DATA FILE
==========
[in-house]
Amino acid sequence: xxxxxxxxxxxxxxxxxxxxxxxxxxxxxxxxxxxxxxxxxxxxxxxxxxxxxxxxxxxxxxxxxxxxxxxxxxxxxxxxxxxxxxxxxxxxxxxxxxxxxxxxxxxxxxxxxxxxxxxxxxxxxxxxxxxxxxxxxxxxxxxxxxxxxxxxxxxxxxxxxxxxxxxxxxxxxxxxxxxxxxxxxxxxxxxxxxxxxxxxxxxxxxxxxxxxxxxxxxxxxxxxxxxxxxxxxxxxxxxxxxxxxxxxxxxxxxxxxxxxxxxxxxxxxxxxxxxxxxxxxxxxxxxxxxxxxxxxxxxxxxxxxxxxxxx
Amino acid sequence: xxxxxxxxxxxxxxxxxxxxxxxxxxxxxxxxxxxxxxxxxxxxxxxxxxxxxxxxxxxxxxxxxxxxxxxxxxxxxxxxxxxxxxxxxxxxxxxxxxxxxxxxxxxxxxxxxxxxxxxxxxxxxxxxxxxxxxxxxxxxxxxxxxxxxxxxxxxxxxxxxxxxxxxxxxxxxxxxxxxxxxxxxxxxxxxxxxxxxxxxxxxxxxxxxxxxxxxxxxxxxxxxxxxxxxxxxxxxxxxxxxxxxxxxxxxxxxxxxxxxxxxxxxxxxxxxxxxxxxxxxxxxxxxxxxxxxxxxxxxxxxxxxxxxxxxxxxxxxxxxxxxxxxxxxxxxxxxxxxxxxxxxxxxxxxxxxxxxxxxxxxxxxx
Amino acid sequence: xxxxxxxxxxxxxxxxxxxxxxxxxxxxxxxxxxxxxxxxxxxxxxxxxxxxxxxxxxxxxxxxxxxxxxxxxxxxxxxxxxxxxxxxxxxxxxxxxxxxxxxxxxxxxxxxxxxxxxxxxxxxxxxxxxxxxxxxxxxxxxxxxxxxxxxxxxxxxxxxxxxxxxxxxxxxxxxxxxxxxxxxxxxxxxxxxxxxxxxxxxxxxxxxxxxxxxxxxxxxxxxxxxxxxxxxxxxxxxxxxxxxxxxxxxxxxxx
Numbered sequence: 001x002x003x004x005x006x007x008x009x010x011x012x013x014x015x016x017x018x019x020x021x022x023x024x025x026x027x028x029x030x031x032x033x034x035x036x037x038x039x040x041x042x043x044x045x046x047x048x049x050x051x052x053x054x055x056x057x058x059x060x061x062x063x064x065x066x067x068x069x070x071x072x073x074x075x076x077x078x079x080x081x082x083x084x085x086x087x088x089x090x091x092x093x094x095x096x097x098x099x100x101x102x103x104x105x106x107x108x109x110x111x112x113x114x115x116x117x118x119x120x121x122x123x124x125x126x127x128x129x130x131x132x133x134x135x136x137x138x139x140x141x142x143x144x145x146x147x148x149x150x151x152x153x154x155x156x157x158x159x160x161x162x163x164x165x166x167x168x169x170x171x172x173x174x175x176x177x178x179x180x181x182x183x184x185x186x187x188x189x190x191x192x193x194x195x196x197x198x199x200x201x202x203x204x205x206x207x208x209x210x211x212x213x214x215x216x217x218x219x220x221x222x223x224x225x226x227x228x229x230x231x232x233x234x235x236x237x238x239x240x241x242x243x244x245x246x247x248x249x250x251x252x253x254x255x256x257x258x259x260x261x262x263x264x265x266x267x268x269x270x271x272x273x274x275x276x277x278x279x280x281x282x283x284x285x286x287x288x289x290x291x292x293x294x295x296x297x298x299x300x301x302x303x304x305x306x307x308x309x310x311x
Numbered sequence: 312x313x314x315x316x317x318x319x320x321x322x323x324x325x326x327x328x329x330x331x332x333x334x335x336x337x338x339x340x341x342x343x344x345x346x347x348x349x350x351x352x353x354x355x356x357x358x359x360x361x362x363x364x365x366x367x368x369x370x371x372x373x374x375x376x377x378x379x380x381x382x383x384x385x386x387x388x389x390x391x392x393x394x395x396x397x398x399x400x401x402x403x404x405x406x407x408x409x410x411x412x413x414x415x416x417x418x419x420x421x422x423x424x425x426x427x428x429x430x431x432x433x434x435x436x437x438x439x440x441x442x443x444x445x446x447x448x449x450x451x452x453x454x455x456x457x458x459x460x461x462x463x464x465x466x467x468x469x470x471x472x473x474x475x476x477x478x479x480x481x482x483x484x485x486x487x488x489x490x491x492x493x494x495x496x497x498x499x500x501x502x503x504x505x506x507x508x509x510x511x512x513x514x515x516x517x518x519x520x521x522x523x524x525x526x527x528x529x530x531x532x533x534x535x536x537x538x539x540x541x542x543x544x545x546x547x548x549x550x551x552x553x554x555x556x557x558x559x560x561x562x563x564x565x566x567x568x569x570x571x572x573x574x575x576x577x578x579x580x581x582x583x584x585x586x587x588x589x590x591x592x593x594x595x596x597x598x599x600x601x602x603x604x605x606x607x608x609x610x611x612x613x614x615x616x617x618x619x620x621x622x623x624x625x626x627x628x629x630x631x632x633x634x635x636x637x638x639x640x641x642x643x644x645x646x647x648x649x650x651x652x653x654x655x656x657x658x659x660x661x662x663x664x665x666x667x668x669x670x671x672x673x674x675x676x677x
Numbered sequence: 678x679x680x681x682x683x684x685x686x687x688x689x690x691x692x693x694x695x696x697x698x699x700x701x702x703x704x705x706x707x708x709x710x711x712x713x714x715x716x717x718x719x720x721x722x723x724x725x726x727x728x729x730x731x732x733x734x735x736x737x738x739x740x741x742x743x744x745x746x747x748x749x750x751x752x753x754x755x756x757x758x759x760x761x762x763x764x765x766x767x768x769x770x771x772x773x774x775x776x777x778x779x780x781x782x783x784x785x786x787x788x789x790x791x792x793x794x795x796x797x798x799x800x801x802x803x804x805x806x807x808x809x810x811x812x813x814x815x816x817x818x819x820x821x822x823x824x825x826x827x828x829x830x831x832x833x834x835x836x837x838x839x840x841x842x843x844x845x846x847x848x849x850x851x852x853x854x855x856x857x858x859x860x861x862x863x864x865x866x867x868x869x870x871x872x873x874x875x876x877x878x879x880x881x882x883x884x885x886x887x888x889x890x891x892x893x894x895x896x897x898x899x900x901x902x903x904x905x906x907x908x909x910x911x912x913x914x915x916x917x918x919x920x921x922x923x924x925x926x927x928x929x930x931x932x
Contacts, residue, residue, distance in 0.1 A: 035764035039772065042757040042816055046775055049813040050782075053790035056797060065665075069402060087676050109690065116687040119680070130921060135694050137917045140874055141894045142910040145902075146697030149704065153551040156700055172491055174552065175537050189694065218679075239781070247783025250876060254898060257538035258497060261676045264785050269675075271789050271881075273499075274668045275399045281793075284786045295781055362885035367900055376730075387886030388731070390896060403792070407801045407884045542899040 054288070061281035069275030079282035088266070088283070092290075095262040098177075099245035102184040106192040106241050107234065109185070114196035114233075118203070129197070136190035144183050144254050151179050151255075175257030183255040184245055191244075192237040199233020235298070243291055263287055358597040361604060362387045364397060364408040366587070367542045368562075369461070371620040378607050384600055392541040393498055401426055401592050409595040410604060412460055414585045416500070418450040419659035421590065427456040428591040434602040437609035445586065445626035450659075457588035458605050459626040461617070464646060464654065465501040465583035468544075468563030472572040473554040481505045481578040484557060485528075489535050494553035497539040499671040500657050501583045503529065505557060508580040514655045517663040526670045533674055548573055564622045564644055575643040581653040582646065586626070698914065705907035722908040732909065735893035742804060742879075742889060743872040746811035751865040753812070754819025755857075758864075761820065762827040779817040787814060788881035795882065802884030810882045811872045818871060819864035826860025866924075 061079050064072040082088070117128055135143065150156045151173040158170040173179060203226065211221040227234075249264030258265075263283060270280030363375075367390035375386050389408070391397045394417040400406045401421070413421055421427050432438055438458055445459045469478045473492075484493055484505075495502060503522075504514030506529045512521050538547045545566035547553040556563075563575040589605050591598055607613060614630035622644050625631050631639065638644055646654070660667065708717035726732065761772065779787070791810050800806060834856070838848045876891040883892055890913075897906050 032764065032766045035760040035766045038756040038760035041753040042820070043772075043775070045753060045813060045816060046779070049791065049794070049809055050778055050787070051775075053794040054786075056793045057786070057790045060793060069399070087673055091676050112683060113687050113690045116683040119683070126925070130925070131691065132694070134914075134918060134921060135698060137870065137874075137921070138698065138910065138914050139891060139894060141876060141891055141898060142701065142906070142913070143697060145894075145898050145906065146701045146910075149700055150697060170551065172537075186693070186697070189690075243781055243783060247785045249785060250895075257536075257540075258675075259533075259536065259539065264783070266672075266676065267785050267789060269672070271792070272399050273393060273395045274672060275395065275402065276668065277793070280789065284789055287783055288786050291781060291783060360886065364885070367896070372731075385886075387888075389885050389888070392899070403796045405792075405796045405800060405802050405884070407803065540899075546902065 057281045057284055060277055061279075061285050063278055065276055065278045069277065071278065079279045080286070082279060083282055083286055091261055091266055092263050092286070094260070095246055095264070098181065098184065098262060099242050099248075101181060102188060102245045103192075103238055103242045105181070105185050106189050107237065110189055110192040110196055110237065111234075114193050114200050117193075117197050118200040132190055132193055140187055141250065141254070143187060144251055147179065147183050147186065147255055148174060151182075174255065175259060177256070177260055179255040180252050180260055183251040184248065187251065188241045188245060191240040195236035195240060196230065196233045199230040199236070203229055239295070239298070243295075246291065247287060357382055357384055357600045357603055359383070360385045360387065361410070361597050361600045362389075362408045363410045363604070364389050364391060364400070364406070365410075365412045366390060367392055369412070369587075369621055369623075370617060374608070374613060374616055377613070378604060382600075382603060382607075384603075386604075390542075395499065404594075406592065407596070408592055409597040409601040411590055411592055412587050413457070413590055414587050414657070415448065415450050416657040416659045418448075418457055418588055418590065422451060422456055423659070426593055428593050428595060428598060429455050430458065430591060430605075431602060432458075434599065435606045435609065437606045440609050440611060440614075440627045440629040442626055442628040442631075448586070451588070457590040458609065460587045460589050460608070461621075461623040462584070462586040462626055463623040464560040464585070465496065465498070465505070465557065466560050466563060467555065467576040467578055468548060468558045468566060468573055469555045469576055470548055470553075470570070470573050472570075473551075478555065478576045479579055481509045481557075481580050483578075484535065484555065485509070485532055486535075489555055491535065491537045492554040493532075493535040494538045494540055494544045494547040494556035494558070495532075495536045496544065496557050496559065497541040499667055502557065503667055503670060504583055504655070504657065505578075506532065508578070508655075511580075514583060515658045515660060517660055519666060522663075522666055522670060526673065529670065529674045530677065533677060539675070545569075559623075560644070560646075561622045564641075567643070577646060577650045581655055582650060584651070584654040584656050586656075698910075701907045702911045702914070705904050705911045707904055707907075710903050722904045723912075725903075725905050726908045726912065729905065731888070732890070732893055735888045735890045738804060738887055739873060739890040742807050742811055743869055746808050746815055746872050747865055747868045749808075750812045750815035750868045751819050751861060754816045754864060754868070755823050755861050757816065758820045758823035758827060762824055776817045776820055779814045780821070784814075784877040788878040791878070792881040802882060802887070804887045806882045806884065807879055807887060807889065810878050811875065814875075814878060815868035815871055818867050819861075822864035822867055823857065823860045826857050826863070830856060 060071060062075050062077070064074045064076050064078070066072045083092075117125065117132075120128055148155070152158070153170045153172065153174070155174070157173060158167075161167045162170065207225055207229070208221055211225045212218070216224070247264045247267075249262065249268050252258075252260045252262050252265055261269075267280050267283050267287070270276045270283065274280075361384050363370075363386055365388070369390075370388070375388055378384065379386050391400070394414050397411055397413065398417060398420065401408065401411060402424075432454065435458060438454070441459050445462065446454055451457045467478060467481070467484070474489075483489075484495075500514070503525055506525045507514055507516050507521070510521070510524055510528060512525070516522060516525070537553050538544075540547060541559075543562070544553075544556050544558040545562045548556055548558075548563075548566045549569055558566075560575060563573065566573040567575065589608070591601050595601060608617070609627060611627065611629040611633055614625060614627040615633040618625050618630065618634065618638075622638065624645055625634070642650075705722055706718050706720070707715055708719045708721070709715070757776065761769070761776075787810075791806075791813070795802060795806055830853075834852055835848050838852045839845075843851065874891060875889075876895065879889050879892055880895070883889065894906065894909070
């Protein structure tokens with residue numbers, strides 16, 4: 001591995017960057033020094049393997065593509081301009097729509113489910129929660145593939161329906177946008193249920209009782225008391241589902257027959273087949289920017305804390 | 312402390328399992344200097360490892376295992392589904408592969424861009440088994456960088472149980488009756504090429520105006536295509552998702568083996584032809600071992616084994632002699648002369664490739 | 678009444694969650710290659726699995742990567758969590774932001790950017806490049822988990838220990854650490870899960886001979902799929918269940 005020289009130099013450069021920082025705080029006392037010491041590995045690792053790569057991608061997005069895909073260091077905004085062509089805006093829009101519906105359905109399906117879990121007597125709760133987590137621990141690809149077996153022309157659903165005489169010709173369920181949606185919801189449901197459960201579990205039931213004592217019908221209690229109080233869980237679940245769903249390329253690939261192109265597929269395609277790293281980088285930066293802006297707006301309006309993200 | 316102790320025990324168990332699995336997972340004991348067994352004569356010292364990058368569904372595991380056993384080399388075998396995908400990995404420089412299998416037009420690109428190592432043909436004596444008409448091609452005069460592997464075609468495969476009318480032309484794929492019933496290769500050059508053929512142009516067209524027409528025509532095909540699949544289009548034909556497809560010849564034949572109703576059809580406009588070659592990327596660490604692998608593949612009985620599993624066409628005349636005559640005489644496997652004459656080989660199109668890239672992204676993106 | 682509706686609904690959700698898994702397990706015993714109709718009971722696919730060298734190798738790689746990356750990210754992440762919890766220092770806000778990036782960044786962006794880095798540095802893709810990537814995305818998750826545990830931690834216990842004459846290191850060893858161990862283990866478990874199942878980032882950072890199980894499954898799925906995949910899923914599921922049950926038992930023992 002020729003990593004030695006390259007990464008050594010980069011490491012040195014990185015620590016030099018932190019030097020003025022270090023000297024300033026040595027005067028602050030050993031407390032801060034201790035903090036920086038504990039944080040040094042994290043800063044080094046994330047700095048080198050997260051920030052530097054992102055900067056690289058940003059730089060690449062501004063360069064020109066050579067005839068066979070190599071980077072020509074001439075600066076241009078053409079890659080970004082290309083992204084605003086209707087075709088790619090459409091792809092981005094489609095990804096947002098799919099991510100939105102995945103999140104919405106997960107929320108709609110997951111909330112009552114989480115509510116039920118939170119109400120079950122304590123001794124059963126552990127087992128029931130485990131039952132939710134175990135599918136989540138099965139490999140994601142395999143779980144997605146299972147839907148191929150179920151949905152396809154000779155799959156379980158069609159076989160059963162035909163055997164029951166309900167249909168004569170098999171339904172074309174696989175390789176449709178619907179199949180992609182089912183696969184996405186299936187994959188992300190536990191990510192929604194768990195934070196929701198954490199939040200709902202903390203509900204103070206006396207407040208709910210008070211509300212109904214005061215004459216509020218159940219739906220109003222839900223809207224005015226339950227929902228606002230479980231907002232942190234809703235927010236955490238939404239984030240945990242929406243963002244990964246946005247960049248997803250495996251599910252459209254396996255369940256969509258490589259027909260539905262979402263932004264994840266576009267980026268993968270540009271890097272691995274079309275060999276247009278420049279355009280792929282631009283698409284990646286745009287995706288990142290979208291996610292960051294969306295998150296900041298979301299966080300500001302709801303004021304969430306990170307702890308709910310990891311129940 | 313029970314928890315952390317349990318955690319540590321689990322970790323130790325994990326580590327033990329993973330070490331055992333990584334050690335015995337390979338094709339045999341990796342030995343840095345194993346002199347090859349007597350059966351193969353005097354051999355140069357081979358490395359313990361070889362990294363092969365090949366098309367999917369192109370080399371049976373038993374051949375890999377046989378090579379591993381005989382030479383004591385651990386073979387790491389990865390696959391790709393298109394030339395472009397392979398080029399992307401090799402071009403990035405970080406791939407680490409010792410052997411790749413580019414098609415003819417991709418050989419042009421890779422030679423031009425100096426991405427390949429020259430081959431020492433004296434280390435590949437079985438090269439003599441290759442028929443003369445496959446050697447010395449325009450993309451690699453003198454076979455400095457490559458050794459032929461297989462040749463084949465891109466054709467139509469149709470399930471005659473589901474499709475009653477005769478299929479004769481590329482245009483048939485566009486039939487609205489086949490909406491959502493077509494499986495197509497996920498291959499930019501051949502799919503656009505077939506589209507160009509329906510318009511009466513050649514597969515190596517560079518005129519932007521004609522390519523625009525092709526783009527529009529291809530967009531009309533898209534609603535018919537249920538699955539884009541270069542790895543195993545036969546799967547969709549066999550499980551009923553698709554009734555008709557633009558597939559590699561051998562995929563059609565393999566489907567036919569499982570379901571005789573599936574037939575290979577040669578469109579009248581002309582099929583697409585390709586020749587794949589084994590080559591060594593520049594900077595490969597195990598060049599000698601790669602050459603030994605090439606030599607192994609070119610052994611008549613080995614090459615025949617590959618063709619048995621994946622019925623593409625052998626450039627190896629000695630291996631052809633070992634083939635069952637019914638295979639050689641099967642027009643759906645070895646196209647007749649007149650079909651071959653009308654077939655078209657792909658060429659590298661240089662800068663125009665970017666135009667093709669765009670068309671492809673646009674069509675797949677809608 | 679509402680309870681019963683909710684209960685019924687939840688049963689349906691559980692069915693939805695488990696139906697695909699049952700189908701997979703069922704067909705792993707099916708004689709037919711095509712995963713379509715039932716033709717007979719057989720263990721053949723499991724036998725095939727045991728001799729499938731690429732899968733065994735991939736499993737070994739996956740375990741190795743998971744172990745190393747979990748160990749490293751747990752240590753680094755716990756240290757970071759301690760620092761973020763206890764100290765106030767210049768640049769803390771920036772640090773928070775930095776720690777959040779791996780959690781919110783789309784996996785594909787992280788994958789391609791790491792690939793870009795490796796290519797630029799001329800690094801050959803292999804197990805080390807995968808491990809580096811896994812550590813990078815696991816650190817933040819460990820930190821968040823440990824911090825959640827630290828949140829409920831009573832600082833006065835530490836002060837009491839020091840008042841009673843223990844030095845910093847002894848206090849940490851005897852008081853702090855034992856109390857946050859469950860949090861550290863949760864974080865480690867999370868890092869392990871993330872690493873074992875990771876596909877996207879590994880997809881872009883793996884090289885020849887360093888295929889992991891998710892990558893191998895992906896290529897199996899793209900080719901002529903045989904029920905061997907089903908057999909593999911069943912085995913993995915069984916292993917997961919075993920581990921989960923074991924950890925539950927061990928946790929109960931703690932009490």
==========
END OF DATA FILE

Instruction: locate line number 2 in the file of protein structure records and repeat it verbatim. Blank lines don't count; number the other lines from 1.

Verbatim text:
Amino acid sequence: xxxxxxxxxxxxxxxxxxxxxxxxxxxxxxxxxxxxxxxxxxxxxxxxxxxxxxxxxxxxxxxxxxxxxxxxxxxxxxxxxxxxxxxxxxxxxxxxxxxxxxxxxxxxxxxxxxxxxxxxxxxxxxxxxxxxxxxxxxxxxxxxxxxxxxxxxxxxxxxxxxxxxxxxxxxxxxxxxxxxxxxxxxxxxxxxxxxxxxxxxxxxxxxxxxxxxxxxxxxxxxxxxxxxxxxxxxxxxxxxxxxxxxxxxxxxxxxxxxxxxxxxxxxxxxxxxxxxxxxxxxxxxxxxxxxxxxxxxxxxxxxxxxxxxxx